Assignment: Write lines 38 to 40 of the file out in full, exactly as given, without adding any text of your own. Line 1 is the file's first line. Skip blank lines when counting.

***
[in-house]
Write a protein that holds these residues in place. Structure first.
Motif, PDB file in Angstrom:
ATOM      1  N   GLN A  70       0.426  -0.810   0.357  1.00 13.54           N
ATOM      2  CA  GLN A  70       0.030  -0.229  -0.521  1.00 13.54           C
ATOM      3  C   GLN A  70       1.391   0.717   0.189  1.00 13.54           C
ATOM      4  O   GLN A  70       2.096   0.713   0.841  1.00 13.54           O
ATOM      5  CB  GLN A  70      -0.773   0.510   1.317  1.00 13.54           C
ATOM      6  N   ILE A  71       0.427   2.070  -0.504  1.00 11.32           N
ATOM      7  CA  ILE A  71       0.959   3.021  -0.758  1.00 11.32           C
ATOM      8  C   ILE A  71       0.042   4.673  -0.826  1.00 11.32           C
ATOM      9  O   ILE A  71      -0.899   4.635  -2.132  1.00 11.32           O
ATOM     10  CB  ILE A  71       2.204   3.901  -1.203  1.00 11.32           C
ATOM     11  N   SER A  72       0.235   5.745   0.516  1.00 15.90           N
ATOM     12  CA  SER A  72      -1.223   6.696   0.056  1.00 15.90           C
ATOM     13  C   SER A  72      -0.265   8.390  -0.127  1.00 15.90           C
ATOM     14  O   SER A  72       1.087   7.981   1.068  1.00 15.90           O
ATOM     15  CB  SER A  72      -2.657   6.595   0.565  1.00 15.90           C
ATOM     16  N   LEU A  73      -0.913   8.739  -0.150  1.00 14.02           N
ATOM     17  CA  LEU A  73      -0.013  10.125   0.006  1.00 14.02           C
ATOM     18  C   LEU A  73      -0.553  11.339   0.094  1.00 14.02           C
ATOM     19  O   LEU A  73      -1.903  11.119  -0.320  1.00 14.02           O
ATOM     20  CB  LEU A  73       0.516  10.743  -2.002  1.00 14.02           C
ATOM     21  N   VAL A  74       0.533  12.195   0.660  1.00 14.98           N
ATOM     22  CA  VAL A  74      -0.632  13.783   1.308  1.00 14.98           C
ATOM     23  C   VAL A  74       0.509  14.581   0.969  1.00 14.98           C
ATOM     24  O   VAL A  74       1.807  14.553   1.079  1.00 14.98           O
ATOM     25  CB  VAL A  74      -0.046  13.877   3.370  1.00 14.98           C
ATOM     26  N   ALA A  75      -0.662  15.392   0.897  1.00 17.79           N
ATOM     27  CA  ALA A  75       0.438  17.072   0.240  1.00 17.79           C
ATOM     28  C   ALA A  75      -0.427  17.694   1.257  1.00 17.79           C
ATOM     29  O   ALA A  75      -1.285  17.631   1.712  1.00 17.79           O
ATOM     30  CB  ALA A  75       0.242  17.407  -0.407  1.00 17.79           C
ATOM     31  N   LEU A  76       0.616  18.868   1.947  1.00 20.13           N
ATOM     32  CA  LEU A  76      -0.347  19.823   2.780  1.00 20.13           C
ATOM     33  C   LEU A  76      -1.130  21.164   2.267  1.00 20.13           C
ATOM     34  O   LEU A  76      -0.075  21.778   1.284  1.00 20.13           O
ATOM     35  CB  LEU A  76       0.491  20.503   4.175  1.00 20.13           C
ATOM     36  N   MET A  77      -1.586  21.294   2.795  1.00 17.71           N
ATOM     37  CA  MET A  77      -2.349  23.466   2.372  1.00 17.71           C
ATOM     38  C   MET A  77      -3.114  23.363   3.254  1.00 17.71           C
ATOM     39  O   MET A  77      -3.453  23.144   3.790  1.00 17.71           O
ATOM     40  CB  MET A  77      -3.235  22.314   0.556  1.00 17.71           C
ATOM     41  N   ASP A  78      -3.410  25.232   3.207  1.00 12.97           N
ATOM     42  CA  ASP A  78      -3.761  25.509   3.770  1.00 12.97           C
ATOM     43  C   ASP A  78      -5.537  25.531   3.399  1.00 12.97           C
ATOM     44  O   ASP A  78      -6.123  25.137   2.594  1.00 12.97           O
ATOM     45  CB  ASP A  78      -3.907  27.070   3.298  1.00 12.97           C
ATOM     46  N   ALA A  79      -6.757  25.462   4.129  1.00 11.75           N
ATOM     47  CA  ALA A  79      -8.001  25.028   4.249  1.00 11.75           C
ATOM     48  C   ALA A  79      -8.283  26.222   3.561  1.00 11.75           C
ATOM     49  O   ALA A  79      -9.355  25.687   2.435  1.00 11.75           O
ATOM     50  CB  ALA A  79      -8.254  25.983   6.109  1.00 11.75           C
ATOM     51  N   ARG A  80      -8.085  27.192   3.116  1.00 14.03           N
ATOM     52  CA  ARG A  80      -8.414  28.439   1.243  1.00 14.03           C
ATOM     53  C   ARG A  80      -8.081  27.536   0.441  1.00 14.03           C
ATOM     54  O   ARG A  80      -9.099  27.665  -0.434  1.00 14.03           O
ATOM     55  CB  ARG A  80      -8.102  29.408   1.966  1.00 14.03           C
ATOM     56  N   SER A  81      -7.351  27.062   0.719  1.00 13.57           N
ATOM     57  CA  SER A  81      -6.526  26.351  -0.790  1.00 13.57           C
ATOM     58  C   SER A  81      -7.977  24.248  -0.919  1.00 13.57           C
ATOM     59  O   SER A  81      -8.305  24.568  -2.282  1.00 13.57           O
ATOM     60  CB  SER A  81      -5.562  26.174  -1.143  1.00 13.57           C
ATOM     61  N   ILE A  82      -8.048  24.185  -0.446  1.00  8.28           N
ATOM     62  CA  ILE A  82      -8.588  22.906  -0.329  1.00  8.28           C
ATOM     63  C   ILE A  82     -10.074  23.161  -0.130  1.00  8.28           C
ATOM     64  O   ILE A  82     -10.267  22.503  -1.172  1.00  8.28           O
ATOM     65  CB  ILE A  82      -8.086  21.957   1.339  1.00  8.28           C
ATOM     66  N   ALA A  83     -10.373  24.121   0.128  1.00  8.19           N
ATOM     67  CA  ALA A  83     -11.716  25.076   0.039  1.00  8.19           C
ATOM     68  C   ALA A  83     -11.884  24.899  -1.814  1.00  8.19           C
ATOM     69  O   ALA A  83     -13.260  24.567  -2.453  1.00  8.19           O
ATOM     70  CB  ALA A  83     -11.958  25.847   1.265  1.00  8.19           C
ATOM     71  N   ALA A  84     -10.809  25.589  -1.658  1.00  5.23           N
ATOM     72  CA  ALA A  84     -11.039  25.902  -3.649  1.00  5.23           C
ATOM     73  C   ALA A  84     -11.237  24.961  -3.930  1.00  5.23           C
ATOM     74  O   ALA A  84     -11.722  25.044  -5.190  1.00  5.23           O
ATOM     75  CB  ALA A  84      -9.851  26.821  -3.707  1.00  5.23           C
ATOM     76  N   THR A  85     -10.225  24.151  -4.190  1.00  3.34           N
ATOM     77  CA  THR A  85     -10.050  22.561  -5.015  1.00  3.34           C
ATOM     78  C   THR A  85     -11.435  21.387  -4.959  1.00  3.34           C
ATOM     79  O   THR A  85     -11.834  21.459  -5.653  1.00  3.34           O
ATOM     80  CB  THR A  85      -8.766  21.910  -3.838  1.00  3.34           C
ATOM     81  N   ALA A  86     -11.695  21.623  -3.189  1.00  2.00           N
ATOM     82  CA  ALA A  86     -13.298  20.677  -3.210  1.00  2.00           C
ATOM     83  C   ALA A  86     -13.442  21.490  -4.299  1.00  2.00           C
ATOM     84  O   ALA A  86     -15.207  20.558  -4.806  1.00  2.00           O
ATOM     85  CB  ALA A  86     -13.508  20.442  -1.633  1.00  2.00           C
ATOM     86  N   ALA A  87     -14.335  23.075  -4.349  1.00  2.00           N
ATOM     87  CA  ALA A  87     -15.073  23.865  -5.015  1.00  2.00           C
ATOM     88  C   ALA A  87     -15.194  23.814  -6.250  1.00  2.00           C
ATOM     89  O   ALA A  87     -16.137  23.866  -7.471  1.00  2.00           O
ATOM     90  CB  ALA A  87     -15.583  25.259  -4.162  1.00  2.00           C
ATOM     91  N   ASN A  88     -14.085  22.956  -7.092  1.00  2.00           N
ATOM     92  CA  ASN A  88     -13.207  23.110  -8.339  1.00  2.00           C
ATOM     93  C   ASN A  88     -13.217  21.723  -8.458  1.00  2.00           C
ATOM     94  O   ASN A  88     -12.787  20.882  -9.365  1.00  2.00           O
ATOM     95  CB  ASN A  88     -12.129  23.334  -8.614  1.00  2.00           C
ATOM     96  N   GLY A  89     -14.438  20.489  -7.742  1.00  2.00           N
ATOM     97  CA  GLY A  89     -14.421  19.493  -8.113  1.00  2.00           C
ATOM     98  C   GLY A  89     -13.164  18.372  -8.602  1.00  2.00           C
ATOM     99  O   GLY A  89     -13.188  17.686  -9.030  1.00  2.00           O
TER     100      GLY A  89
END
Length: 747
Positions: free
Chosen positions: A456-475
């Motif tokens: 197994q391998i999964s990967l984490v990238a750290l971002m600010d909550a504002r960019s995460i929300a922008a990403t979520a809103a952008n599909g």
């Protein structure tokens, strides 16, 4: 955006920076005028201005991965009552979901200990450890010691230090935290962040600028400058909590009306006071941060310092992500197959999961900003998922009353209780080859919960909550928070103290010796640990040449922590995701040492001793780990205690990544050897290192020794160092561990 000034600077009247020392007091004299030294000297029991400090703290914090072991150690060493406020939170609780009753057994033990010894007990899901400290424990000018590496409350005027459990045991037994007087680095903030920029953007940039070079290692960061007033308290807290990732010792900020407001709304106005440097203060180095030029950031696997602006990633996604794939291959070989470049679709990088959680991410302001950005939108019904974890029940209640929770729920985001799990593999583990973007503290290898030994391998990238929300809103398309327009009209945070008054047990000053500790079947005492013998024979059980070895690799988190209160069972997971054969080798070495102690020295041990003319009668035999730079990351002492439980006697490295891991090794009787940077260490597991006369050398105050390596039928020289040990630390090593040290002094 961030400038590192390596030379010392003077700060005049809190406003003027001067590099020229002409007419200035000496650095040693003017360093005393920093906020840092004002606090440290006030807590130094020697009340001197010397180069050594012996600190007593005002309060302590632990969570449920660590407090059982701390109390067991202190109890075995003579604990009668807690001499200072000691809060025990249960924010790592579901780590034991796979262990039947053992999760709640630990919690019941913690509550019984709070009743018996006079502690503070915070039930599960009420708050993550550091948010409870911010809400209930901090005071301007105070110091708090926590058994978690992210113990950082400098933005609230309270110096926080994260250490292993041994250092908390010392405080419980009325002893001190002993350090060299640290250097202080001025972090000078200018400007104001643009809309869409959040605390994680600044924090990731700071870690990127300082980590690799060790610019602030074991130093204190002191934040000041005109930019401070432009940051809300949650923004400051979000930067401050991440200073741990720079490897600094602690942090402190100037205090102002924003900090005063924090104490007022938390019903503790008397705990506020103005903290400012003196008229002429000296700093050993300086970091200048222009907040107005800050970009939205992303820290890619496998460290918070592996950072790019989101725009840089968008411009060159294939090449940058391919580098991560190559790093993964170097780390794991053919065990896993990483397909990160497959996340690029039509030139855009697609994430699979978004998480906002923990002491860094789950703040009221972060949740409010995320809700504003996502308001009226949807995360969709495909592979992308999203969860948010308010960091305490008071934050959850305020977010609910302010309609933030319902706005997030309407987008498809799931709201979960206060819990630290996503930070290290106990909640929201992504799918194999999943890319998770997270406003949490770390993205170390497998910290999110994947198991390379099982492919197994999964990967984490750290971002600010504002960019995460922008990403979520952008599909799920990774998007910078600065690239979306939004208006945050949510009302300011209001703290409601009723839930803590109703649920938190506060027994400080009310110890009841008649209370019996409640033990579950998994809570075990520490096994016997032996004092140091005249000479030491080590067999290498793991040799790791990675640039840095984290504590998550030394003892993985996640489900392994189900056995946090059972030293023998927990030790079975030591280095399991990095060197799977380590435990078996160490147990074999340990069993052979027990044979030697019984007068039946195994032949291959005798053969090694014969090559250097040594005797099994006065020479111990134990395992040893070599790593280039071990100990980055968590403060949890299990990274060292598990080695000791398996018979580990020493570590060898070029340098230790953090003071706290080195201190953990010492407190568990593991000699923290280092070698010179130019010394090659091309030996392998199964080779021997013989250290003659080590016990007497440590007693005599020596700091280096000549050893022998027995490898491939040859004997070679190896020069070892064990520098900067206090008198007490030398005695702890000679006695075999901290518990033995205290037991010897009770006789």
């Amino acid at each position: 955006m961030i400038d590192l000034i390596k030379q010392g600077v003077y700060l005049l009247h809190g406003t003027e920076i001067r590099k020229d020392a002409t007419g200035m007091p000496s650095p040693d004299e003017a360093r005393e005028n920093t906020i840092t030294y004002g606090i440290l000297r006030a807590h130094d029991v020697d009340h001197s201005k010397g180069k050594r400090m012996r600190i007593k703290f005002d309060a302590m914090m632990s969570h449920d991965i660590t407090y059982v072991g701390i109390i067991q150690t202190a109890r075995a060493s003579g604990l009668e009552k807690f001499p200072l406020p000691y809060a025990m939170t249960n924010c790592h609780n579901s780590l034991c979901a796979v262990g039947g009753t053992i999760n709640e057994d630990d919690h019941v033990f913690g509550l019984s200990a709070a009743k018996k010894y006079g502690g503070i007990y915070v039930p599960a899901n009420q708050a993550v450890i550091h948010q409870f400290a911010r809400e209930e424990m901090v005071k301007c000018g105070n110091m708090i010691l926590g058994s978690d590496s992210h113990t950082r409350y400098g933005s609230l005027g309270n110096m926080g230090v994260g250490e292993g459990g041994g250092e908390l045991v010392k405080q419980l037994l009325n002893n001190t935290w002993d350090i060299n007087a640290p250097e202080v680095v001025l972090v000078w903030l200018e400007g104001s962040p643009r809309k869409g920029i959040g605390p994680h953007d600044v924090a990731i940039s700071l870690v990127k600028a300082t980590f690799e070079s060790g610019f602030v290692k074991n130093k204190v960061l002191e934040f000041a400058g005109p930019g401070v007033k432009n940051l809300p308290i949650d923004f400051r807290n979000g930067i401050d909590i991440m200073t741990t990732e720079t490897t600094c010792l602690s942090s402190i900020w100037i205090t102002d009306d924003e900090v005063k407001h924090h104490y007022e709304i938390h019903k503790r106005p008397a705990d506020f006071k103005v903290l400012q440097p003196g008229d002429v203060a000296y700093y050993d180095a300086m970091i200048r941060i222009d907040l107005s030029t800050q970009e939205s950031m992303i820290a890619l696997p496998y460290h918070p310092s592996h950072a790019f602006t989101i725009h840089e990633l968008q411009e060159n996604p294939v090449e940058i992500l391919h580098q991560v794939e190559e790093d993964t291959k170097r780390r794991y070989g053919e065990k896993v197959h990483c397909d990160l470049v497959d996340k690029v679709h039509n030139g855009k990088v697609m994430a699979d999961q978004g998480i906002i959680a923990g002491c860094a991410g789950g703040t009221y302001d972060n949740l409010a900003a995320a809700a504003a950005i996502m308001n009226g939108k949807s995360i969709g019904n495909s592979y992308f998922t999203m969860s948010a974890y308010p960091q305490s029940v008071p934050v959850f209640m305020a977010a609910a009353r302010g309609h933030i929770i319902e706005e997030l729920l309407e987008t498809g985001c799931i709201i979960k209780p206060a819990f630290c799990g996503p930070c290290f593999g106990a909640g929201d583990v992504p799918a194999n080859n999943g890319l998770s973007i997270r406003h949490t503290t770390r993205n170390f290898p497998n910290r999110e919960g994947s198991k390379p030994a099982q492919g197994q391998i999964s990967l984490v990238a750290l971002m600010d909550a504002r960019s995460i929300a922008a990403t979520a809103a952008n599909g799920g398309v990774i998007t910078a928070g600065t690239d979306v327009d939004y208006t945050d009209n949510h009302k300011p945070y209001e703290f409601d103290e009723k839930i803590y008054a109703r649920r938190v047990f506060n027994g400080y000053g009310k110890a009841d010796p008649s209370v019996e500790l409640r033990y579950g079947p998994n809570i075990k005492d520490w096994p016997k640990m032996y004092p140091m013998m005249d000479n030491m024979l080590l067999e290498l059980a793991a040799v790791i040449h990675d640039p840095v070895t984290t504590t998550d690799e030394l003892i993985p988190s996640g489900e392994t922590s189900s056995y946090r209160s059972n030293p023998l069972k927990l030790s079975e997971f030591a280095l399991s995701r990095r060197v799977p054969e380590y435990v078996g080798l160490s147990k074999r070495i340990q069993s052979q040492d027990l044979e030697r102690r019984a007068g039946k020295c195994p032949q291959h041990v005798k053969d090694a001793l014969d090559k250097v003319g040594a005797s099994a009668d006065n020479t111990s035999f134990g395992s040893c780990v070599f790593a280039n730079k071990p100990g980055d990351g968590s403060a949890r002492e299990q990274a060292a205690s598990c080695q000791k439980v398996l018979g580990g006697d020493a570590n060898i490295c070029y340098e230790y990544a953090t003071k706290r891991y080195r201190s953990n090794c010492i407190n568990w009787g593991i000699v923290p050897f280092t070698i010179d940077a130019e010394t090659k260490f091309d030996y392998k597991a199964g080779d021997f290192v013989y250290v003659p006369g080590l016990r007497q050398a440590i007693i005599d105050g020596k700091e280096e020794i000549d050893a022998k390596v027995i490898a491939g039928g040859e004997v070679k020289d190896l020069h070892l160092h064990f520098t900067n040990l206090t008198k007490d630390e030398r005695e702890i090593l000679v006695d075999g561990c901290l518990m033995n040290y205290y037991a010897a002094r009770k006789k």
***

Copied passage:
ATOM     35  CB  LEU A  76       0.491  20.503   4.175  1.00 20.13           C
ATOM     36  N   MET A  77      -1.586  21.294   2.795  1.00 17.71           N
ATOM     37  CA  MET A  77      -2.349  23.466   2.372  1.00 17.71           C